“Being a lawyer,” says Glen Hickerson, “is not an easy job.” For rookies just getting into the profession, it’s something for which not even the best university education can quite prepare you.
Knowing that, most law societies across the country established mentoring programs decades ago. Through them, long-established lawyers can typically be paired with new calls to the bar. In a professional osmosis over lunches, coffees and the like, mentors can share their legal wisdom with mentees over the course of months or years.
Now, however, the Law Society of Alberta has added a new online twist to mentoring that is more like Tinder than traditional long-term mentoring relationships. Launched Jan. 16, Mentor Express lets lawyers wanting some quick career advice to match themselves with one or more mentors for a single one-hour meeting by browsing an online list of experienced lawyers and their specialties.
Fifty lawyers signed up to be part of Mentor Express, with each committing to undertake at least 10 meetings — a total of 500 sessions for which prospective Alberta mentees can sign up. “Think of it like speed-dating for improving your legal practice,” laughs Hickerson. A partner with Wilson Laycraft, a 14-lawyer boutique firm in Calgary, Hickerson is one of the lawyers available through Mentor Express.
The impetus for Mentor Express, says Cori Ghitter, director of professionalism and policy at the LSA, came from feedback for its Mentor Connect program, which has long been fostering longer-term mentor-mentee relationships in the Alberta legal community. “We had great uptake in the Mentor Connect program,” says Ghitter. “But we came to see that not all lawyers interested in being mentors have the amount of time to give through a typical mentoring relationship.”
The LSA realized the new software it began using for managing its other mentoring programs could be used to set up a speedy system where a mentee could find a variety of mentors to convene with for single meetings on specific issues. That would also reduce the time burden on mentors as well.
Hickerson, a commercial litigator practising for 25 years now, has been a more traditional-style mentor before. When Mentor Express was launched, the law society asked him to take part in a pilot program to test run the concept.
“I wish I’d had something like this when I was wet behind the years,” says Hickerson. Doing law well, he explains, “is something you have to work at every day. Lawyers don’t have the greatest reputation in society.” He’d like to see that change, so one motivation for his mentoring is to help improve the quality of the profession overall.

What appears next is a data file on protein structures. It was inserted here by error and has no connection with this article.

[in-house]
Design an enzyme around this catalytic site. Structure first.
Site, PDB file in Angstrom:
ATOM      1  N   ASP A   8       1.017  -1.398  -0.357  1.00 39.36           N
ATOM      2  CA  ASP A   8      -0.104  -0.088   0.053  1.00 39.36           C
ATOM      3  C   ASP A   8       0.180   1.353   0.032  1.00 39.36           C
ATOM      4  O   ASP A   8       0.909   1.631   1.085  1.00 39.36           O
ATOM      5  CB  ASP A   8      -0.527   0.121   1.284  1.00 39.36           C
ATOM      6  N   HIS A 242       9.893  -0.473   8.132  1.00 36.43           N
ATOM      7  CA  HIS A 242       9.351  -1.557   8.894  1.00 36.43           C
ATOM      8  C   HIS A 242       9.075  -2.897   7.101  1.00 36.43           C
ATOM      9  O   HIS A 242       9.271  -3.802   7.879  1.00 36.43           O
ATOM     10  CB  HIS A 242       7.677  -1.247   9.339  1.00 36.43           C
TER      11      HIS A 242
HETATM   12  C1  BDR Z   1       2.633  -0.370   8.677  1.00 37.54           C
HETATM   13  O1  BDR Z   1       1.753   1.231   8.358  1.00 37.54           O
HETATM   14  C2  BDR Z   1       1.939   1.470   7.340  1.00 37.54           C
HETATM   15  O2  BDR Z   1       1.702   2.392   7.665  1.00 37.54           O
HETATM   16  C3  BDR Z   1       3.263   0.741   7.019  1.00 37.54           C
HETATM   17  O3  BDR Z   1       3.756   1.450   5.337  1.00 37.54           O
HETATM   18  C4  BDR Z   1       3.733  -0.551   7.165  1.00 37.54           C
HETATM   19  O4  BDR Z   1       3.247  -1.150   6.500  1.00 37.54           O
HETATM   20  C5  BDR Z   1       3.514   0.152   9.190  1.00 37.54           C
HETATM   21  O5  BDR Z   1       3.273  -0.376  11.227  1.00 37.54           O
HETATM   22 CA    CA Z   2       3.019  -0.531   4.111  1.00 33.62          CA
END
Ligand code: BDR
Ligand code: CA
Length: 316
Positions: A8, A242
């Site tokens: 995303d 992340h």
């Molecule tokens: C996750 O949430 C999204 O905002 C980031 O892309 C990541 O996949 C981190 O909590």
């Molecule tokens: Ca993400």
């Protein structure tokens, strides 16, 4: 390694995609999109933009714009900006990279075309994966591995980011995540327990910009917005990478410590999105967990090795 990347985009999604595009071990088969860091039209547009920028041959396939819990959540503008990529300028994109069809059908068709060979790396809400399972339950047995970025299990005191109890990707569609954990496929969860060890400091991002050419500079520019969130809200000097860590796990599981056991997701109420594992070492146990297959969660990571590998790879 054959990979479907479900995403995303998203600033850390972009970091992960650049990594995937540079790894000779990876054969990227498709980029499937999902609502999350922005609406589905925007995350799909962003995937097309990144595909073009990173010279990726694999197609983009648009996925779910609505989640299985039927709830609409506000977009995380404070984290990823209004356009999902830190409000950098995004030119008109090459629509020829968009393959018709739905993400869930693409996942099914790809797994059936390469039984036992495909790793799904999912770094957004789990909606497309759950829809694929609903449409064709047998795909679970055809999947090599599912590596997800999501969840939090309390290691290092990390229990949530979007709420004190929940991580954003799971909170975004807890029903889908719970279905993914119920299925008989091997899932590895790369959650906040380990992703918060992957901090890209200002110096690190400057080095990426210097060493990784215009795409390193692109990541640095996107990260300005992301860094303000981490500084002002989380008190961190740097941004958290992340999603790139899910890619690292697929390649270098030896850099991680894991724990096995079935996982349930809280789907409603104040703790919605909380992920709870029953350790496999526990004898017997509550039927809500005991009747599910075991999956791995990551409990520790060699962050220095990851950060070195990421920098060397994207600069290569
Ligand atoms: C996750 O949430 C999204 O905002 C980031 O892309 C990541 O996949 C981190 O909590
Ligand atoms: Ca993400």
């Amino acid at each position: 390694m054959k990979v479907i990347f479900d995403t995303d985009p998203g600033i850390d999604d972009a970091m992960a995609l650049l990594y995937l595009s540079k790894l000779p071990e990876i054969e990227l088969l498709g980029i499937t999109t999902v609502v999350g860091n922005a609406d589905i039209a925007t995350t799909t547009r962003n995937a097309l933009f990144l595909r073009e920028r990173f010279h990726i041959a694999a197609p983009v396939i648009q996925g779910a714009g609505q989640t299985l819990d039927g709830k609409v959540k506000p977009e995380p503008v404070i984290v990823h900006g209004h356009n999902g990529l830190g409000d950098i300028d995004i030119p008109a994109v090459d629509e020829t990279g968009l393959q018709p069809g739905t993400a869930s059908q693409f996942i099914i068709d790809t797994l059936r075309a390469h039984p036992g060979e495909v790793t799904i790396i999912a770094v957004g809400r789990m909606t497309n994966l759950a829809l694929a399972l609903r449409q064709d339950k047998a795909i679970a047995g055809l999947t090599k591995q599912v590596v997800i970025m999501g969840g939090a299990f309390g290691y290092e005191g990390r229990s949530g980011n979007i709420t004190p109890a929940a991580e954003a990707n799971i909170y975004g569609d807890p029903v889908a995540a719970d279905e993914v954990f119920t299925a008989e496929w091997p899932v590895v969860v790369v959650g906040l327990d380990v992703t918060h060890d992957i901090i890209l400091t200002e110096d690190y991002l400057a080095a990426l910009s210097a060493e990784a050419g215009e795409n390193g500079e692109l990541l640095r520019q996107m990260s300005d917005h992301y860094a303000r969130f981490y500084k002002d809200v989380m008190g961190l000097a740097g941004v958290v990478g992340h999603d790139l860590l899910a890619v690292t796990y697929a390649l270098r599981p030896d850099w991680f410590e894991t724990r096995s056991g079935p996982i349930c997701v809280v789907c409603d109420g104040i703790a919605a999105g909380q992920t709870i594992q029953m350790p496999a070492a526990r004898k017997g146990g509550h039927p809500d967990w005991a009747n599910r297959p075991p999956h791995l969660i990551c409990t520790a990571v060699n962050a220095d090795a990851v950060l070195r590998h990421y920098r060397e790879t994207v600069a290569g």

During the pilot, Hickerson met up for coffee with a different mentee on two occasions. He likes to hold the sessions in informal places such as cafés. “There is a bit of a confessional aspect to this” for the mentees, he says. “So, it helps to not sit in an office or a big boardroom with photos of partners a hundred years old.”
One mentee he met up with through the Mentor Express pilot was a junior lawyer with a mixed wills and estates and real estate practice in a Calgary suburb. That lawyer was fretting over a civil litigation file absorbing much of his resources. Without an assistant, he wasn’t sure how to manage the time the file was going to need.
The problem with such litigation files, Hickerson told the mentee, is that nothing may happen for a long time. “Then something like discovery suddenly comes up, and you’d better be thinking about that file and nothing else. That’s hard for a guy in that sort of mixed practice to manage that one file.”
The mentee bounced an idea off Hickerson: He knew a lawyer who might just be able to lend him an assistant part-time if needed. A good idea, replied Hickerson — as long as the mentee could give his lawyer-friend a reasonable heads up as to when he would need that assistant. Essentially, recounts Hickerson, much of mentoring is not so much about telling mentees what to do as it is about shoring up their confidence at times.
There are benefits for the mentors, too, he adds. “Oftentimes, when someone talks to you about a problem, you might be dealing with something similar in your own practice. Talking things out with [a mentee] might help you solve something in your own practice. The other thing is there is some reasonably good evidence that mentoring someone else helps you become more resilient.”
With all 500 Mentor Express sessions taken up in a matter of days after launch, Ghitter says, the LSA is “definitely open to expanding and adding more mentors. But for now, we want to let this run a while first, see how many of those appointments actually get taken up. Then we will do some followup with mentors and mentees and make sure it’s all working as we hope.”